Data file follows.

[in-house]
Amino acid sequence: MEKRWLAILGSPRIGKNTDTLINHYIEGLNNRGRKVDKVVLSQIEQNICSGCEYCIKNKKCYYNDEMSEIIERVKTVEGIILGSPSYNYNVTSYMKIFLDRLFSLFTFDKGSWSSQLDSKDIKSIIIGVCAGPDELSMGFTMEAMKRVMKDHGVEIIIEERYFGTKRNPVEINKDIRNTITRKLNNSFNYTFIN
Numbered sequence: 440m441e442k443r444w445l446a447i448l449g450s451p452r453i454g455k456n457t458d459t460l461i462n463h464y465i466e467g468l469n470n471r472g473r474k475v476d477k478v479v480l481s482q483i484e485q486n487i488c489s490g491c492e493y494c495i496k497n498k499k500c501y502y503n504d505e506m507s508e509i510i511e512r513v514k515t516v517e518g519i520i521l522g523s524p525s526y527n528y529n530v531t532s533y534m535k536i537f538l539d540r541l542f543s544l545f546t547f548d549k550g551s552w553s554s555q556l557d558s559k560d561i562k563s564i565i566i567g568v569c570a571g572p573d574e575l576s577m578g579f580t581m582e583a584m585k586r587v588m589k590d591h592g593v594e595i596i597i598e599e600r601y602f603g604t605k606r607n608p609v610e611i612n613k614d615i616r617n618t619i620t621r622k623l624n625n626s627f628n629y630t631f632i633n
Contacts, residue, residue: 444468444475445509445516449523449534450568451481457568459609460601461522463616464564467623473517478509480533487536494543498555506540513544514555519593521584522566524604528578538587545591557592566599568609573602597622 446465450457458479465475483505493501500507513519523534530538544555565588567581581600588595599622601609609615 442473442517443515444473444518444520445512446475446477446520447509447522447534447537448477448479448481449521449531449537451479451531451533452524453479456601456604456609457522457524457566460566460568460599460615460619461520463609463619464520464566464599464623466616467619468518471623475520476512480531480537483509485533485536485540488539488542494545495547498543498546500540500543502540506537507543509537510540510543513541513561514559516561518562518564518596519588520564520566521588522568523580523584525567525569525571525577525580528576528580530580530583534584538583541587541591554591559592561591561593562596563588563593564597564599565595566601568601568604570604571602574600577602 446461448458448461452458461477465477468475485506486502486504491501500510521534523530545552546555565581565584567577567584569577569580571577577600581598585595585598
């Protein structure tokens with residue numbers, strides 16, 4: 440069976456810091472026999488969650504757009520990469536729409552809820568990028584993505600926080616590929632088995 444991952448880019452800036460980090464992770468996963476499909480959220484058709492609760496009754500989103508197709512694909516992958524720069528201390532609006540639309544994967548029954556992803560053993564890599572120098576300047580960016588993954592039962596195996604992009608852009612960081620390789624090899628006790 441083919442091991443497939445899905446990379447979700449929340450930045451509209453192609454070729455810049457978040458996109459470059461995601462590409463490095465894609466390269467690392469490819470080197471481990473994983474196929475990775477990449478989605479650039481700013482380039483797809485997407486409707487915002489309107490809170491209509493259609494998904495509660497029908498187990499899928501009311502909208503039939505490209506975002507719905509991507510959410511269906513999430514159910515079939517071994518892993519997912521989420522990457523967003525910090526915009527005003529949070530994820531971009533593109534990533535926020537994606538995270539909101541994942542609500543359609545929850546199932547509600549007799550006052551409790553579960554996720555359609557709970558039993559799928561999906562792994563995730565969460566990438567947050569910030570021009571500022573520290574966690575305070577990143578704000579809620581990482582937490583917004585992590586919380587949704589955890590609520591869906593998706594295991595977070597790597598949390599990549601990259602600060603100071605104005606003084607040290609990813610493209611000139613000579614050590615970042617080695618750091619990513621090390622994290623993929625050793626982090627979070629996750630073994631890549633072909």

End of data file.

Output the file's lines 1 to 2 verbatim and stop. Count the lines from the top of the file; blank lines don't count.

[in-house]
Amino acid sequence: MEKRWLAILGSPRIGKNTDTLINHYIEGLNNRGRKVDKVVLSQIEQNICSGCEYCIKNKKCYYNDEMSEIIERVKTVEGIILGSPSYNYNVTSYMKIFLDRLFSLFTFDKGSWSSQLDSKDIKSIIIGVCAGPDELSMGFTMEAMKRVMKDHGVEIIIEERYFGTKRNPVEINKDIRNTITRKLNNSFNYTFIN